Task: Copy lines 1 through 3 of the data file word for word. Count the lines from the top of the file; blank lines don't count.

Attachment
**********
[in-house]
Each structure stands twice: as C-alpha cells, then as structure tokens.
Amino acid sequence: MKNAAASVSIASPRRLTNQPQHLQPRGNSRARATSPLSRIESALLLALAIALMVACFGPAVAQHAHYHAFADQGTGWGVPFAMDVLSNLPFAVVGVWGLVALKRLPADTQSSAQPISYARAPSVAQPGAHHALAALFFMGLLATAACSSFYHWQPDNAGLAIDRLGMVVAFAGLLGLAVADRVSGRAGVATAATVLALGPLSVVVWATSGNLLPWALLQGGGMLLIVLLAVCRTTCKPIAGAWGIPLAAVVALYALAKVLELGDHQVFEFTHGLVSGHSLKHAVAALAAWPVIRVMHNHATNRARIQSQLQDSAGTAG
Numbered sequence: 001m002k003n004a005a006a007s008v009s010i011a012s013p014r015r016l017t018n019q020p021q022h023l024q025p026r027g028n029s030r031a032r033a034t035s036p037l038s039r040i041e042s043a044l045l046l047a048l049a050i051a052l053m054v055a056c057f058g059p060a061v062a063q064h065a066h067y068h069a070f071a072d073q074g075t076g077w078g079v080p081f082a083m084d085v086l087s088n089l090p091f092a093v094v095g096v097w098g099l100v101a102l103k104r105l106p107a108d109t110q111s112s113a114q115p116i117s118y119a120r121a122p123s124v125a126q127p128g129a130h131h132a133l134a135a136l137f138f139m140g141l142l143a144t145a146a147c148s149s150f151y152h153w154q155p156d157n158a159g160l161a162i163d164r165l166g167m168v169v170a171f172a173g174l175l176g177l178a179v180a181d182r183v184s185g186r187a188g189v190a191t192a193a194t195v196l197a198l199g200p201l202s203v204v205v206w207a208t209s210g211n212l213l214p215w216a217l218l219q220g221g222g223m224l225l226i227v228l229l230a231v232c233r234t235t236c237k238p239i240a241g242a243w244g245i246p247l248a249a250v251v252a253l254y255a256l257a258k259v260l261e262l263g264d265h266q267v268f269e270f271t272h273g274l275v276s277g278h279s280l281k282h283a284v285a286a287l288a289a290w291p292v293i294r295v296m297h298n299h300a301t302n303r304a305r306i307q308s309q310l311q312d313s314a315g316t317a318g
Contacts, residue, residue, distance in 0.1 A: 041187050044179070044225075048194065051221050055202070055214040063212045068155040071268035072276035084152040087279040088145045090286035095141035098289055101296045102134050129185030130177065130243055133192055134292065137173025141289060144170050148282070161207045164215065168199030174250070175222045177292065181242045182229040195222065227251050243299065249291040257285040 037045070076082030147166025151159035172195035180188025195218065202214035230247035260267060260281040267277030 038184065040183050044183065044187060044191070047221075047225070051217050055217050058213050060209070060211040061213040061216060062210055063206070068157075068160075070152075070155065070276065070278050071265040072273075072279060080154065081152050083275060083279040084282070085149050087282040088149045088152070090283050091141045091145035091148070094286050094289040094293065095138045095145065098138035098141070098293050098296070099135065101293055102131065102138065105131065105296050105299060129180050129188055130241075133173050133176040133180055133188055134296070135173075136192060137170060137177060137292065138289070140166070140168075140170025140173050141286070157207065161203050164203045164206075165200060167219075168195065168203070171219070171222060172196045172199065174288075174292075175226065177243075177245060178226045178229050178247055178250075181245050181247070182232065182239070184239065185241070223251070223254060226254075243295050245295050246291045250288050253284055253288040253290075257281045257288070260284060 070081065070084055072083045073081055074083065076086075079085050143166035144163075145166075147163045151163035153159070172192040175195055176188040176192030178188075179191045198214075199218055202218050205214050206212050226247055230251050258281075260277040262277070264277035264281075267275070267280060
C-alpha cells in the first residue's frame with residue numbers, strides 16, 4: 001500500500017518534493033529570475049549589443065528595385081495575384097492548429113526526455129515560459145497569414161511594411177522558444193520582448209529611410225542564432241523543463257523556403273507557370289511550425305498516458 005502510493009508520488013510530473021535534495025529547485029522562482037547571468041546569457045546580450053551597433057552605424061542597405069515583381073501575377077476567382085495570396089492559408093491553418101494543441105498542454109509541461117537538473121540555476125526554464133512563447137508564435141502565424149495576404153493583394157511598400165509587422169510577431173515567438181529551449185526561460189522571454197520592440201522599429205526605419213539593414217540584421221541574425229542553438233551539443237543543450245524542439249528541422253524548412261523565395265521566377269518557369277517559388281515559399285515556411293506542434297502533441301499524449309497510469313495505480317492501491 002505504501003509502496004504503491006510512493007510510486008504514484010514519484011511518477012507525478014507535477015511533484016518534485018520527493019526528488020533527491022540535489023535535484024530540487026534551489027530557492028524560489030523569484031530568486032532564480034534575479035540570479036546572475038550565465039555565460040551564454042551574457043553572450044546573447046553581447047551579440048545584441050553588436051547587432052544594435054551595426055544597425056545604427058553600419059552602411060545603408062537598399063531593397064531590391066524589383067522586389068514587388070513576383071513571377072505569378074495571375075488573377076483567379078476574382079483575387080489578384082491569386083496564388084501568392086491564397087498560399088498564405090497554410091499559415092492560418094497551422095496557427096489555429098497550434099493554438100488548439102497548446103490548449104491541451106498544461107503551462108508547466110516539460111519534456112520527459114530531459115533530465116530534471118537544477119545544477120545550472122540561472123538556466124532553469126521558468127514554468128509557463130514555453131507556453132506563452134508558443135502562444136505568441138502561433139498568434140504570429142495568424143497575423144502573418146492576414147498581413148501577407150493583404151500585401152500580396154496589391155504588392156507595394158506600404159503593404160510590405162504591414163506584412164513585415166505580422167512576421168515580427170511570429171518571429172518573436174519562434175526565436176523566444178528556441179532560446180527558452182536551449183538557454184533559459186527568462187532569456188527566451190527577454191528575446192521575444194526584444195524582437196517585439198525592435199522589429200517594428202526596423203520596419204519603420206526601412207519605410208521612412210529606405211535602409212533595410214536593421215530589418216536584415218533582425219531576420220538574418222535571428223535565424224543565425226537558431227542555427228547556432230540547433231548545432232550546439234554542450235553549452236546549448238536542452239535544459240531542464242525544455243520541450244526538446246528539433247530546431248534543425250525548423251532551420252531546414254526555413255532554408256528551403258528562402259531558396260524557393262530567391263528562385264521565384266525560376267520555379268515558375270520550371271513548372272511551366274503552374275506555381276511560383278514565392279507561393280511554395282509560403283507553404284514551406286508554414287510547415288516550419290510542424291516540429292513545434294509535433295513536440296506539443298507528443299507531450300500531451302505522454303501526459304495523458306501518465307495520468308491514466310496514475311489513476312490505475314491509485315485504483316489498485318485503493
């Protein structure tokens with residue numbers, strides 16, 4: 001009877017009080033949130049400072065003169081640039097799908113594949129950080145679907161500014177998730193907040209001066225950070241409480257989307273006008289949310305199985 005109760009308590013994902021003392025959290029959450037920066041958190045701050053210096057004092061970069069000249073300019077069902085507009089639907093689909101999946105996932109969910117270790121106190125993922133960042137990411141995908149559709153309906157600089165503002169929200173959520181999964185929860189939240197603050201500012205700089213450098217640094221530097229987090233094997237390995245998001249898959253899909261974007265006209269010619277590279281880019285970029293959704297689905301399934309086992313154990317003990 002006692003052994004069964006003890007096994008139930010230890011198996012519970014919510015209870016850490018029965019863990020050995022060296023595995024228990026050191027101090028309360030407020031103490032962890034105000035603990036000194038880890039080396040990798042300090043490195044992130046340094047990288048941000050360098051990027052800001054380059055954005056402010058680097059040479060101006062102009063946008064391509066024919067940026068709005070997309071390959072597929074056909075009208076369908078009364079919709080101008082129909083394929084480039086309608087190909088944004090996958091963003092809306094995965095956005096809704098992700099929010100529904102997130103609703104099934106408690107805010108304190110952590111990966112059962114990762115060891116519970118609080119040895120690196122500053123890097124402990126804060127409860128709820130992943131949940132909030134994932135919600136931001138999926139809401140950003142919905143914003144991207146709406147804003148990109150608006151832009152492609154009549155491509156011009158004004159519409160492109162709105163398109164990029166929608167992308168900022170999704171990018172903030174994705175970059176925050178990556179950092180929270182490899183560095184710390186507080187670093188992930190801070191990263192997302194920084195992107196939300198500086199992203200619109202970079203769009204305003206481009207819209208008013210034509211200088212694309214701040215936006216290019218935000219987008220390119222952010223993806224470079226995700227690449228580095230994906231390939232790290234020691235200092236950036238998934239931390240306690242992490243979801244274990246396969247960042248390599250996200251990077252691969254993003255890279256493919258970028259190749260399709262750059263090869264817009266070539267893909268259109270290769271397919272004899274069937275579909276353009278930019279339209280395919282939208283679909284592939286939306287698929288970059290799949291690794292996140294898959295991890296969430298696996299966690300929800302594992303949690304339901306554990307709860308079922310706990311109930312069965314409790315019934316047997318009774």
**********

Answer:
[in-house]
Each structure stands twice: as C-alpha cells, then as structure tokens.
Amino acid sequence: MKNAAASVSIASPRRLTNQPQHLQPRGNSRARATSPLSRIESALLLALAIALMVACFGPAVAQHAHYHAFADQGTGWGVPFAMDVLSNLPFAVVGVWGLVALKRLPADTQSSAQPISYARAPSVAQPGAHHALAALFFMGLLATAACSSFYHWQPDNAGLAIDRLGMVVAFAGLLGLAVADRVSGRAGVATAATVLALGPLSVVVWATSGNLLPWALLQGGGMLLIVLLAVCRTTCKPIAGAWGIPLAAVVALYALAKVLELGDHQVFEFTHGLVSGHSLKHAVAALAAWPVIRVMHNHATNRARIQSQLQDSAGTAG